Birthday Bob

part one of a two-part story by Geoffrey McSkimming , illustrated by Douglas Holgate

Learning intention:

I am learning to analyse the author’s choice of adjectives, adverbs and verbs so that I can evaluate characters in a text.


Success criteria:

  • I can define the terms adjective, adverb and verb.
  • I can identify evaluative language.
  • I can judge characters based on their descriptive language.


Essential Knowledge:


After reading the text as a class, ask students what they think about the personalities of each of the characters. Question their responses, e.g. If a student says Captain Ahab is brave, ask them why they think that and encourage them to use examples from the text.


Draw a three-column table on the board and write the words Adjectives, Adverbs and Verbs as the headings. Ask students to define each of them. In brackets next to each word, write the meaning, so that it looks something like: Adjectives (describing word)/Adverbs (describes a verb)/Verb (doing word).


As a class, parse the first two pages (up to the sentence ending with: why we’re heading off to Fondue Island) for adjectives, adverbs and verbs to specifically help describe the characters. Write answers on the board in the relevant columns. Use different colours to signify different characters.



Adjectives:       (Ahab) – bold, salty, alert, deep (voice)

Adverbs:          (Ahab) – mighty (pleased) especially (delighted), steadily (steering)

(Shasta) – softly (squawked)

Verbs:              (Ahab) – chugged, scanned, murmured

(Shasta) – making (list), clacked (beak), wrote, checked, jotting, squawked.


Model looking at the words associated with Ahab and give an evaluation of his character. An example answer is that he’s a brave and keen adventurer who is very good at his job. Guide students to do the same with Shasta. An example answer may be that she’s meticulous and clever, with a sense of self-satisfaction for a job well done.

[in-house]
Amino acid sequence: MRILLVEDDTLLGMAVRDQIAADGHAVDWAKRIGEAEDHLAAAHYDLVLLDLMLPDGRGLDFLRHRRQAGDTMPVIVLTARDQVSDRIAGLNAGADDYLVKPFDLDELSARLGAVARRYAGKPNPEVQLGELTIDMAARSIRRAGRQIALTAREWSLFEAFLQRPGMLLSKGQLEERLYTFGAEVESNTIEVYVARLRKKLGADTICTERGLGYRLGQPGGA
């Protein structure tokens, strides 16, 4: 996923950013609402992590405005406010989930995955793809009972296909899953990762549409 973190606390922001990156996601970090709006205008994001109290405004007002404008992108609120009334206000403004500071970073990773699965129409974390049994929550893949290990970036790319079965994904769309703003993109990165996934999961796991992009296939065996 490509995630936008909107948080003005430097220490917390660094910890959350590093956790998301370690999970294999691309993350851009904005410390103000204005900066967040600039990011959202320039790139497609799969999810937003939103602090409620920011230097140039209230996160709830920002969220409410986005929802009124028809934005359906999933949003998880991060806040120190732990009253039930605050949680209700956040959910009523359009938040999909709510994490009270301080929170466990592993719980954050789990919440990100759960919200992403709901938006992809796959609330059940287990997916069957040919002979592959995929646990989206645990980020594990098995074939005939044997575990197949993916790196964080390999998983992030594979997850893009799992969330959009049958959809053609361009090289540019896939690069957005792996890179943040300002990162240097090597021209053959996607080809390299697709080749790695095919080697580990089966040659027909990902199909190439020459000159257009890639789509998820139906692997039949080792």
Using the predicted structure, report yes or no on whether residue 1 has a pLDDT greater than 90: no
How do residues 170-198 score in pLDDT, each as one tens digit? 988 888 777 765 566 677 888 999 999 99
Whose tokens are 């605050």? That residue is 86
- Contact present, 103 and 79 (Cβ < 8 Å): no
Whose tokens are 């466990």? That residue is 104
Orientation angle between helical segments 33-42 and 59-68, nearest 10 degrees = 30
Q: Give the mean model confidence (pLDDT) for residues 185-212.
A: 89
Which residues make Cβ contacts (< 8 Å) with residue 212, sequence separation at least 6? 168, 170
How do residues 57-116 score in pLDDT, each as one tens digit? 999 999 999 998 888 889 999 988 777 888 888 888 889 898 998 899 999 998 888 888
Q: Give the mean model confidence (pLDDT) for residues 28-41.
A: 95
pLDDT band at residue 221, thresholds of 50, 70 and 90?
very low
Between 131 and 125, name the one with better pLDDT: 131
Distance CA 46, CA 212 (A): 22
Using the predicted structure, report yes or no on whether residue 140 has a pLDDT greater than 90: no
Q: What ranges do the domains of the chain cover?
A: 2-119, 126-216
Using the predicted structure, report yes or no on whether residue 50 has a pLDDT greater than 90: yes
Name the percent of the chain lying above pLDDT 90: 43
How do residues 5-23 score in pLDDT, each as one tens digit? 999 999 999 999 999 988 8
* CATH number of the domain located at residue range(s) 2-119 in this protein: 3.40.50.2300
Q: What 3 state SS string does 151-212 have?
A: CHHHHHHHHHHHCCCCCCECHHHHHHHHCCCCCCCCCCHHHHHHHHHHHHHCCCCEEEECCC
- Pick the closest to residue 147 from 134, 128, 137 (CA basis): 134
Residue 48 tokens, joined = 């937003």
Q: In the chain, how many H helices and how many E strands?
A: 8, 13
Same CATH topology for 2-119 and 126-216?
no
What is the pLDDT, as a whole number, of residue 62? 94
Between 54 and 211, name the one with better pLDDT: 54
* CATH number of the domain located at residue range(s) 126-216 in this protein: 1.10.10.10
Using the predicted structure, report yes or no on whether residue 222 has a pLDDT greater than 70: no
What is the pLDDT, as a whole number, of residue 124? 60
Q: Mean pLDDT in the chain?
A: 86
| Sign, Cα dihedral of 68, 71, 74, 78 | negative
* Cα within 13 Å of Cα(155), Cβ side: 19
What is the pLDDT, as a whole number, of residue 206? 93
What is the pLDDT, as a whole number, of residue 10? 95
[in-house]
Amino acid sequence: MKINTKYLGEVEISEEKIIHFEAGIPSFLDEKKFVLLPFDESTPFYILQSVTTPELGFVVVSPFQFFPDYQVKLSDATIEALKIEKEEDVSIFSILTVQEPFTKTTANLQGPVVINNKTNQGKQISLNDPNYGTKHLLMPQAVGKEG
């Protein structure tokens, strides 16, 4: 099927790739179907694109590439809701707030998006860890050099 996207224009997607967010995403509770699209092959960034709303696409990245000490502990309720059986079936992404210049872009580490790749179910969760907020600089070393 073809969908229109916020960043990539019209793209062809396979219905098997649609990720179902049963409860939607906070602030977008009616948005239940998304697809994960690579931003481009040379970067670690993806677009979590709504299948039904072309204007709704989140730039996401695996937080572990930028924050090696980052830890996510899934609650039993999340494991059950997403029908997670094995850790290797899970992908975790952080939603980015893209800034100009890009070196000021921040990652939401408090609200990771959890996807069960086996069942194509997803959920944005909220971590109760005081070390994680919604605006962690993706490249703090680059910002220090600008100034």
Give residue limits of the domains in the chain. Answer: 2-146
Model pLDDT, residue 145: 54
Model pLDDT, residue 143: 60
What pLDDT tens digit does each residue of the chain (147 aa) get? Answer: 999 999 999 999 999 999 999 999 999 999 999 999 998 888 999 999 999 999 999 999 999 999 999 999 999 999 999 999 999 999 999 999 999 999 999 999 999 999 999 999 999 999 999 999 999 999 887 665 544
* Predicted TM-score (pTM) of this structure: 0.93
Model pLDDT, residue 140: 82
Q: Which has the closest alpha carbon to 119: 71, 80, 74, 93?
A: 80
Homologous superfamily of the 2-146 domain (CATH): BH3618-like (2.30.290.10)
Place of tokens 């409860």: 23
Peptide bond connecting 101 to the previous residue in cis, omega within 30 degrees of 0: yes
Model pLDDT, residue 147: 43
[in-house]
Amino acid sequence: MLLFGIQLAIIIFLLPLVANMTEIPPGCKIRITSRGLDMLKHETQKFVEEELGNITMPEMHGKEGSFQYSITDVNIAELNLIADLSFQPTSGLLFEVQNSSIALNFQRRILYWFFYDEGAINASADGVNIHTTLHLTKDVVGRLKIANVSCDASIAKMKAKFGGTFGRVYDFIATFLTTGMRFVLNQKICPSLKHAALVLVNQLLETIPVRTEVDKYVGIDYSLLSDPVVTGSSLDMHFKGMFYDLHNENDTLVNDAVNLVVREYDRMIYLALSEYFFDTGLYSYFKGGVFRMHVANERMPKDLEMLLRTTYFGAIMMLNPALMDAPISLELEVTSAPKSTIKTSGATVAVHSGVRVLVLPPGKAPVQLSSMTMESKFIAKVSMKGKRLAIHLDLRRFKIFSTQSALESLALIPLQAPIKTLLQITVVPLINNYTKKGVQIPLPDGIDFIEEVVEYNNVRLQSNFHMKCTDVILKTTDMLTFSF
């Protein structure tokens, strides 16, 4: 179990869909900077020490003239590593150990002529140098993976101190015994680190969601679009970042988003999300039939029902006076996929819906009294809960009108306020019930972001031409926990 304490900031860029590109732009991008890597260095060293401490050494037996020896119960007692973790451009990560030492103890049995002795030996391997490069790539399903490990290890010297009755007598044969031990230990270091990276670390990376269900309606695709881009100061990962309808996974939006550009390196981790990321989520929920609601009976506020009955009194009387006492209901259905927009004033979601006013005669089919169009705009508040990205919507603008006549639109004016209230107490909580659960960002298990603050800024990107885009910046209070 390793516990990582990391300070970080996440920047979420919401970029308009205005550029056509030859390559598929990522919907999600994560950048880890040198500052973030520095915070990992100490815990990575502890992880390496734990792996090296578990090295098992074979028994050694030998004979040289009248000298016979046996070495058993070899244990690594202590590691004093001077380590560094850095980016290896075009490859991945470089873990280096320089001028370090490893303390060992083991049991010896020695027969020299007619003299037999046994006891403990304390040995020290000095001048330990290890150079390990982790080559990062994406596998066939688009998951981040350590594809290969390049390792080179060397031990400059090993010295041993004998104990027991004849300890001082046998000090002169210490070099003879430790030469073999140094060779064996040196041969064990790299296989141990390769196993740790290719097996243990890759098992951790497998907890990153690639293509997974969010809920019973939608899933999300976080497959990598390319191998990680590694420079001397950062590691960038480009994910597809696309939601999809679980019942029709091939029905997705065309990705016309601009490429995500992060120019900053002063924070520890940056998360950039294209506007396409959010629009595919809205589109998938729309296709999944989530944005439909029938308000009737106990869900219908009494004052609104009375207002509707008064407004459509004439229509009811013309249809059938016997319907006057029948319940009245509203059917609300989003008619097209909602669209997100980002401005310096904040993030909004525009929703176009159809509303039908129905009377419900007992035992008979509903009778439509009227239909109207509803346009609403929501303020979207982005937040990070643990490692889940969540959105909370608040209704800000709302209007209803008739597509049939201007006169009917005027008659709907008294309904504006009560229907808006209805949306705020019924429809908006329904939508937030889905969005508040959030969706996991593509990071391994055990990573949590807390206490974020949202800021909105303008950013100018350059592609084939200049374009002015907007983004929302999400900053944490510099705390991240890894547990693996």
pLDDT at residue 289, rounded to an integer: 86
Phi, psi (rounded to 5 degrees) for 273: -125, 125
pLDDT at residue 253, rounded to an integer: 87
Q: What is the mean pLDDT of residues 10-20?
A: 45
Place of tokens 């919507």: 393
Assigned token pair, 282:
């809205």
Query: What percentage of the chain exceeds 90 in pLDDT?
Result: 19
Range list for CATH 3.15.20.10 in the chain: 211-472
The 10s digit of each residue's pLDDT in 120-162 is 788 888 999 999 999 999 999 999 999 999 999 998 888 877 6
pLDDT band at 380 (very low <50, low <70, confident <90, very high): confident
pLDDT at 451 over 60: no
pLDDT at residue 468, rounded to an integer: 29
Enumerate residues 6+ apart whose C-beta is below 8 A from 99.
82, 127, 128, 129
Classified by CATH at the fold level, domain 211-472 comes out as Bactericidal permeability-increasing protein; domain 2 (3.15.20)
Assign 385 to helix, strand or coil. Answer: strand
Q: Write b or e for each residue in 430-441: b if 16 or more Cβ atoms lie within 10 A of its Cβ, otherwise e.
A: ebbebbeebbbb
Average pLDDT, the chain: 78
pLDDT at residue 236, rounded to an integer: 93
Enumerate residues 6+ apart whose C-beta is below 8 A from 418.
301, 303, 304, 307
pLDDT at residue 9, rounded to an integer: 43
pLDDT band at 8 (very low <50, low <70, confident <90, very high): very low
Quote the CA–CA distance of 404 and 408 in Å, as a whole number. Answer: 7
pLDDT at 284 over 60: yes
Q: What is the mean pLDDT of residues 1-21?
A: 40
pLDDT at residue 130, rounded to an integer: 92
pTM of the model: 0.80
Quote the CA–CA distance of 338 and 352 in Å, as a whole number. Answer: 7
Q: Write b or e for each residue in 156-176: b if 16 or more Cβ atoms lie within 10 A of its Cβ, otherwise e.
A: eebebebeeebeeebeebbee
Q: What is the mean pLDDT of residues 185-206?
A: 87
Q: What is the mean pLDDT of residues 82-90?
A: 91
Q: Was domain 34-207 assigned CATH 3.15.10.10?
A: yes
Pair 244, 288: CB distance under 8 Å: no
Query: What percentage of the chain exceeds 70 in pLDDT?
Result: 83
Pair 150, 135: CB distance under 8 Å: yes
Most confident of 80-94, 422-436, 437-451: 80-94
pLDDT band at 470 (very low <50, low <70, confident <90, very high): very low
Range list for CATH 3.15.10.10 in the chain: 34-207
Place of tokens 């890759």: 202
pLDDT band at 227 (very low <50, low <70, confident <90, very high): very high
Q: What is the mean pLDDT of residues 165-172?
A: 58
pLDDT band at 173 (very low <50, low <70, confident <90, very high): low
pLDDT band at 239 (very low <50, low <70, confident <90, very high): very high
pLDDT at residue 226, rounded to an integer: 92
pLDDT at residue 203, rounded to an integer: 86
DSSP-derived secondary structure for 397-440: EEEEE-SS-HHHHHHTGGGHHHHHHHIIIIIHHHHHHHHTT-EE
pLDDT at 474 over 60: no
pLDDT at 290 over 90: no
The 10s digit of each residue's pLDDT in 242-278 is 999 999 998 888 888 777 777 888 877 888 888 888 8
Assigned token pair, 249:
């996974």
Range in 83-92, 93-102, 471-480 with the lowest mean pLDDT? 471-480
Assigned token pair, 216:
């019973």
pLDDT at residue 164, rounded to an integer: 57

Sort students into groups of three and label them A, B and C. Students labelled A will be adjective specialists, students labelled B will be adverb specialists and students labelled C will be verb specialists. They will complete the task as a jigsaw, which means they will leave their home group for now and join members from other groups who match their specialty. Collaboratively, groups parse the rest of the text and find their specialty words. Remind students to colour-code each word according to characters (for example, words associated with Ahab could be in red, Shasta in blue and Bob in green). This activity could also be done using coloured sticky notes.


Once complete, students return to their home groups and collate their answers. Home groups will then write an evaluation of each character using the words they’ve found. Answers can be shared with the class at the end.